Thanks for showing the right info here.
So, if there is more blue, it doesn't help photosynthesis, is it? Looks like I got to read the wrong information on plants doing better photosynthesis with more blue.
I am kind of struggling to keep the red plants red. So, trying different combinations to make it work. Now, it looks all green but very healthy plants with proper EI dosing routine and water changes. Any inputs will be well taken! :-
Err.. not quite.. and yes stay away a bit from "color" temp" as it is almost meaningless to plants.. as it is an average color output of multiple wavelengths (some important some not)...
Blue and red mixed would produce "ideal" spectrum for "ideal plants" but of course things are not that simple.. as you can see from the above chart..
Technically plants do "better" w/ a lot of red in the correct wavelength and less blue at the correct wavelength..
I believe it is a 3:1 ratio.. BUT it makes your tank not "natural" looking. which is why we "compromise" in spectrum..and to keep your plants from looking "washed out"
W/ just actinic blue/10000K white your plants will look white till you take them out of that light and see them in "daylight".... because absorption far exceeds reflection (esp. the green "reflection"..since little is present)
Oh w/ that much blue be very careful your plants aren't green from algae (personal experience)
Think pink is the new "white".. (sorry just a mild inside joke.. it used to be pumpkin orange, long story.. read my past posts if you really want an answer..)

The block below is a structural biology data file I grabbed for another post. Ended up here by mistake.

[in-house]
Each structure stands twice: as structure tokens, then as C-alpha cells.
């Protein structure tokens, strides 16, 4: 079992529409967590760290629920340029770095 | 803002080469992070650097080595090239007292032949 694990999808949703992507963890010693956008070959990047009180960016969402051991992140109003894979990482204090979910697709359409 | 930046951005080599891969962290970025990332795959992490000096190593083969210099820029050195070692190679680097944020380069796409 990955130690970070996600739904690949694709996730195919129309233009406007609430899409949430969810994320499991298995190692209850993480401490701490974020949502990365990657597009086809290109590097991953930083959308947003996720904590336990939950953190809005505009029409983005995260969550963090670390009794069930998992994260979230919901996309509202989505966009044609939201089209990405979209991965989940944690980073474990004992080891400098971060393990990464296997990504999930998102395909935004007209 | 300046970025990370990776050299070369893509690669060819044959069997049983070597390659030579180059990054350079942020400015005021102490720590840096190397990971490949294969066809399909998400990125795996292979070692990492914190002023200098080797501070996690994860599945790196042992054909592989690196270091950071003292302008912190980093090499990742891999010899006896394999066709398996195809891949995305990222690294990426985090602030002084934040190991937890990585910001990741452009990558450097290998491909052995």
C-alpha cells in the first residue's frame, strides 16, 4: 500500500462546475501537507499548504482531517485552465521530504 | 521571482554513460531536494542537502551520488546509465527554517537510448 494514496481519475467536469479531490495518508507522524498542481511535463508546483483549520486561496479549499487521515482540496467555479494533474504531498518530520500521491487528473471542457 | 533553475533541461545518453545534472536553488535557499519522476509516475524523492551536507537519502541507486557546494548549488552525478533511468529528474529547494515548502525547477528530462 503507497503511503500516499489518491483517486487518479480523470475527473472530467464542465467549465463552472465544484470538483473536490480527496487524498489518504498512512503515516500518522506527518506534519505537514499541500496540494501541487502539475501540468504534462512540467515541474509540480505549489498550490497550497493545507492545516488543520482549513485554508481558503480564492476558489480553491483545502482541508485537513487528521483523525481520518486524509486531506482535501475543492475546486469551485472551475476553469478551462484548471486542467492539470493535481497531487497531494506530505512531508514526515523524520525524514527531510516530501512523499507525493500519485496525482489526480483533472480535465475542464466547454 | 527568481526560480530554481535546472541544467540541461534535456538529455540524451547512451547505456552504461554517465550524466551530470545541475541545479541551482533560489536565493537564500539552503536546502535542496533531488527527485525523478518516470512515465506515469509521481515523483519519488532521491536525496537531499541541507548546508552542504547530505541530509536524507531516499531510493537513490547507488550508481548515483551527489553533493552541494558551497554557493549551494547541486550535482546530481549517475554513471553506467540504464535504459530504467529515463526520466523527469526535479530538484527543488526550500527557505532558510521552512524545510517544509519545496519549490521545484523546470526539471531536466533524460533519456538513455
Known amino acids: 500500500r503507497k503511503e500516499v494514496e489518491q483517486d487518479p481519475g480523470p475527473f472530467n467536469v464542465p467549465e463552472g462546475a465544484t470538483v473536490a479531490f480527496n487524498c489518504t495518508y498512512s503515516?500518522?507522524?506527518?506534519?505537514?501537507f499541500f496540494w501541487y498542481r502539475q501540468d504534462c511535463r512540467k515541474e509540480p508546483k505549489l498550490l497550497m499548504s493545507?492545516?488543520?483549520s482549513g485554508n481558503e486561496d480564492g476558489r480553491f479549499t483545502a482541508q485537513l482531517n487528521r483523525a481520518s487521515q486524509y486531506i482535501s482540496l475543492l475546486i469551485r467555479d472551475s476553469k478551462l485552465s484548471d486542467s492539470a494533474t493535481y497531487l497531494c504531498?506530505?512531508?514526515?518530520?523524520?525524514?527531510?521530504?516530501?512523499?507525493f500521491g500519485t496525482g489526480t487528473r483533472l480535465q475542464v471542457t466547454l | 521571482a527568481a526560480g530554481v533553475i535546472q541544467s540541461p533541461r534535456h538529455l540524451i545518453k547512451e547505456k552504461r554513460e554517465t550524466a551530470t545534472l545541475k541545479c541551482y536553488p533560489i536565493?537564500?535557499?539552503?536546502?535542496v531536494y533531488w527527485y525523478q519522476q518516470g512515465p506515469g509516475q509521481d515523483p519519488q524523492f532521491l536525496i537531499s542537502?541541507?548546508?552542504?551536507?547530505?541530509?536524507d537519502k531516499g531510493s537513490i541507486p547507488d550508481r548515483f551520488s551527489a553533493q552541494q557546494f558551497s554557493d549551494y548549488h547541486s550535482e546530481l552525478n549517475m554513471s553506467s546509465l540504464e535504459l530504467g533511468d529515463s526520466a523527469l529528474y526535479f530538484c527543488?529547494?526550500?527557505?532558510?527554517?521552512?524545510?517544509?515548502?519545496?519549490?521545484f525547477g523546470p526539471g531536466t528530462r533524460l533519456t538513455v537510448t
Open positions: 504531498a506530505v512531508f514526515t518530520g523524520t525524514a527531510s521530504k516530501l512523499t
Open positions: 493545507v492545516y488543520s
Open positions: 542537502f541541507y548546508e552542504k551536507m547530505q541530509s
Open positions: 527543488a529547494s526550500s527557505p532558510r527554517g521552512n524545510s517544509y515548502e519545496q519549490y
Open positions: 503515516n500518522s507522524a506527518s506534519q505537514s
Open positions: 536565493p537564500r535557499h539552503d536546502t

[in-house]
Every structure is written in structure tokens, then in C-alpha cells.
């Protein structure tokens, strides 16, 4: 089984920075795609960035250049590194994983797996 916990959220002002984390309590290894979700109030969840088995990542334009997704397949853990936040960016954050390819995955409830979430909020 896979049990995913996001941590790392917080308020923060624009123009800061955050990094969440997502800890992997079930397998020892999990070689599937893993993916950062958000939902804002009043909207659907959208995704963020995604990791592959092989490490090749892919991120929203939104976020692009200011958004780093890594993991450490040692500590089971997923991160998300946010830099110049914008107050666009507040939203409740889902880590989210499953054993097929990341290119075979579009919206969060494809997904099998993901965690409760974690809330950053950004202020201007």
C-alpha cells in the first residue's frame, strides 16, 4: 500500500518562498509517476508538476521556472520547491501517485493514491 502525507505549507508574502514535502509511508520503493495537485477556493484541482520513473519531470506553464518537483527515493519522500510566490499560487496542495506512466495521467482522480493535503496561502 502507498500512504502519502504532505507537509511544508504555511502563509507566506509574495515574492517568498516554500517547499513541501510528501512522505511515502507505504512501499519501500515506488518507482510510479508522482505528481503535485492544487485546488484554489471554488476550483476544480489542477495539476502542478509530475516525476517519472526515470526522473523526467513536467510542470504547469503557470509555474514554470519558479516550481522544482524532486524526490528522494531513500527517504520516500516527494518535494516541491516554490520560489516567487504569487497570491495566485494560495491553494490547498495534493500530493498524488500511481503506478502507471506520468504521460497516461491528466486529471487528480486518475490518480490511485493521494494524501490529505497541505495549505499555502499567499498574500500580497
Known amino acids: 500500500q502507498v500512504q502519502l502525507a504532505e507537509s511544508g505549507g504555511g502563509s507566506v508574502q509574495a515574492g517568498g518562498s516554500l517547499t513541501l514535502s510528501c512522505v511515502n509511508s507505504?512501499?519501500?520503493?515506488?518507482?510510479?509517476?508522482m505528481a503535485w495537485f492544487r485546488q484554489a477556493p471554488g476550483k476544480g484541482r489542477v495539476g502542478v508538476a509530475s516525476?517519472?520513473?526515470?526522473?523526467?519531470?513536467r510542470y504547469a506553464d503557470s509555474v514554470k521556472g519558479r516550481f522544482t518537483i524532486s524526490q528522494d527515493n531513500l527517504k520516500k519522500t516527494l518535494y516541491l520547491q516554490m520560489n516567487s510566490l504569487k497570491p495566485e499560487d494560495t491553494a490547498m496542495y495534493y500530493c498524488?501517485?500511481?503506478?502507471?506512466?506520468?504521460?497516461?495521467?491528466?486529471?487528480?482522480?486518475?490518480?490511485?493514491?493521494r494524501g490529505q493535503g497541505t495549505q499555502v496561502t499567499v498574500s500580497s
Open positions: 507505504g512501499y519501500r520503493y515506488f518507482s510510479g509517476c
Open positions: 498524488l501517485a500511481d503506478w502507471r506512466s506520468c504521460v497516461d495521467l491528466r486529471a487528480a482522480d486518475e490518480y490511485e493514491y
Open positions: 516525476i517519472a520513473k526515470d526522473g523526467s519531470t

As to red red.. well a lot will depend on visual perception based on color temp of your light.. and to be honest, I'm not quite sure it is just intensity or certain wavelengths that would add the pigment red (which you still will not "see" if your light has no red to reflect back..) Most theory is red is a supplement pigment used to absorb high intensity light to avoid damage to chlorophyll, but this is still not the whole answer probably... and is species dependent.
A bit on red pigment production:
Environmental factors affecting anthocyanin production include light (intensity and wavelength, with blue and UV being most effective), temperature, water and carbohydrate levels, and the concentrations of the elements nitrogen, phosphorous and boron in the growth medium. Anthocyanin production can be induced by light, blue being the most effective color. Low light levels also induce the formation of different flavonoid pigments, which is another interesting adaptive response on the part of plants.
More than five enzymes are thus required to synthesize these pigments, each working in concert. Any even minor disruption in any of the mechanism of these enzymes by either genetic or environmental factors would halt anthocyanin production.
sorry I'm an annoying fact collector............